• "We light diyas (little clay lamps) around the house as they signify illuminating the darkness not just within your home, but also within your personal life." (photosindia/Getty Images)Source: photosindia/Getty Images
"I can hear the bells ringing downstairs, signalling that the gods have been worshipped and the preparation of sweets is about to begin."
By
Roze Abraham

28 Oct 2016 - 12:37 PM  UPDATED 28 Oct 2016 - 1:02 PM

I am six-years old and at my grandmother’s house in southern Sydney to help kick-start my favourite holiday of the year, Diwali.

I can hear the bells ringing downstairs, signalling that the gods have been worshipped and the preparation of sweets is about to begin. To keep us young ones entertained, my nani (grandma) starts the festive celebrations with a story.

My nani tells us a tale from the north of India where one side of my family is from. The legend behind Diwali begins with the exile of Ayodhya’s righteous prince Ram, his wife Sita and brother Lakshman. His 14-year exile drew to a close with his daring rescue of Sita from the demon king, Ravana. After defeating Ravana in an epic battle, Ram and his family head home to welcome their beloved Ram, the residents of Ayodhya lit lamps to light his path and dispel evil.

As a kid, I loved these stories that came with Diwali: epic tales of adventure, villains, deception, true love and triumph unfolds as evil is always defeated.

After defeating Ravana in an epic battle, Ram and his family head home to welcome their beloved Ram, the residents of Ayodhya lit lamps to light his path and dispel evil.

I also remember revelling in the magic of listening to a good tale as I watched the wizardry of celebratory cooking unfold in the kitchen. The experience is something else entirely. My nani could mix four plain looking flours together and create a soft smooth mix that would become a long, twisty piece of sugary jalebi (a sweet of epic calorie proportions); all the while she’d be leading our hero Ram through the forest and into danger.

An aunt of South Indian origins also used to tell the story of Lord Krishna and his consort Satyabhama slaying the wicked demon Narakasura to free the world of his tyranny. In south India, they celebrate Deepaavali, (also known as Naraka Chaturdashi) to mark the triumph of good over evil, and the restoration of freedom to all on Earth. I didn’t learn this story until I was in my teens but I enjoyed knowing that women could also be bad-ass when it came to defeating the bad guy.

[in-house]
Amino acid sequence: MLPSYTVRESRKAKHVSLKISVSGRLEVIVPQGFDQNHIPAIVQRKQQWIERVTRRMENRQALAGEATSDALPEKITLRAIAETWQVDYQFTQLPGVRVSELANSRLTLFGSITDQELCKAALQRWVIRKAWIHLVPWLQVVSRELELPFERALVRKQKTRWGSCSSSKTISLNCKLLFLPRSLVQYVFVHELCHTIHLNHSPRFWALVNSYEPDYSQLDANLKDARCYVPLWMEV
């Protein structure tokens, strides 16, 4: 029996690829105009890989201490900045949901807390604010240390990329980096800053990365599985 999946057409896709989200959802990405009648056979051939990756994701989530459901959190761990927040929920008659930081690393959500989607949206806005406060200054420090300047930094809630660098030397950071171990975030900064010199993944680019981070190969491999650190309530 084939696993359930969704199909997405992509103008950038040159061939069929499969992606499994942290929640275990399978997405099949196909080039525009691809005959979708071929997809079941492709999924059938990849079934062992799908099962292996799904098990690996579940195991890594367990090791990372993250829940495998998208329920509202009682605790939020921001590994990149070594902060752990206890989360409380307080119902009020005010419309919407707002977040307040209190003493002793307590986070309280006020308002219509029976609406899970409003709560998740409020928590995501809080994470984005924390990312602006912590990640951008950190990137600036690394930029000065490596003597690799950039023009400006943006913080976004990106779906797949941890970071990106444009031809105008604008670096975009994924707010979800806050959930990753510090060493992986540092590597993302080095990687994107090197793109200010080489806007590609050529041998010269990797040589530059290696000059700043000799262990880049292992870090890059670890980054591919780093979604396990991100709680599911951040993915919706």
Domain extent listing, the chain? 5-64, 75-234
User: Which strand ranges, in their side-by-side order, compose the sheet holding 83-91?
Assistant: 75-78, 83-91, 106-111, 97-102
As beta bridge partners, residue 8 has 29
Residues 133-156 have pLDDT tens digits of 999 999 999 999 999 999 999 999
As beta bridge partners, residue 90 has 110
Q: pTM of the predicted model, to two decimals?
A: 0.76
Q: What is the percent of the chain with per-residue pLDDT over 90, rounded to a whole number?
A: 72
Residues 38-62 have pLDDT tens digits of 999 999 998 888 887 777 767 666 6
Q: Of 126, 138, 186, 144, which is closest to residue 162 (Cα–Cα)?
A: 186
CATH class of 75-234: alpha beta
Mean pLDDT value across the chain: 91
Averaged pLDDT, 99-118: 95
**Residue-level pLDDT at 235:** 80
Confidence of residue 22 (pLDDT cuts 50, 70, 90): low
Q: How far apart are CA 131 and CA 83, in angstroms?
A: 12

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Modern celebrations

Despite the fact that my house is covered in these childhood Diwali memories, my home is not very ‘traditional’. We’re as secular as most Indian families are these days but the five days of Diwali have a way of bringing the family together and reviving traditional customs.

We don’t celebrate each day as it should be: frankly there’s too much involved in each day to be able to do it properly between the regular demands of life, but we do make a point to initiate a few of the more fun Diwali customs together.

We light diyas (little clay lamps) around the house as they signify illuminating the darkness not just within your home, but also within your personal life.

There’s a lot to be said for cleanliness, but around Diwali our house (like others), goes into overdrive. My mother spends hours, if not days, cleaning and brightening the place with decorations, paper lanterns, flowers and lighting. The age old theory is that clean houses are the ones where goddess Lakshmi (her name and incarnation being the Hindi word for giver of wealth, fortune and prosperity) will bless and have her presence felt. It’s also nice to start the New Year on a fresh note and with good vibes.

As Lakshmi is synonymous with gold and wealth, gambling parties among family and friends are common and fun. Bets start small and escalate as the night goes on, alongside laughter, merriment and food. Actually, each of the five days is a feast for the foodies: think deep-fried powdery deliciousness, dipped in sugary syrup (gulab jamuns) or round balls of the finest chickpea flour moulded and shaped with pistachios and sugar (laddoos) or sweet and tangy chutneys to savour with piping hot flat breads.

There’s a lot to be said for cleanliness but around Diwali our house (like others) goes into overdrive. 

This year, my family is well into the swing of Diwali: we've purchased some jewelry for an upcoming wedding, my nani has started cleaning the attic and the under sixes have been recruited to help with the cooking and storytelling.

Whether 2016 marks your first or fiftieth Diwali celebration, my festive advice to all is the same: if you are planning to celebrate Diwali/Deepaavali this weekend, arrive on time to fully experience the festival of lights and enjoy all the little rituals involved. Play some cards, gamble your coinage and fill up on some delicious sweet treats as you dance the evening away.

After all, Diwali is the festival of lights, celebration and prosperity. Ensure you bring good vibes and a positive attitude to your party of choice and your hosts will be thrilled.

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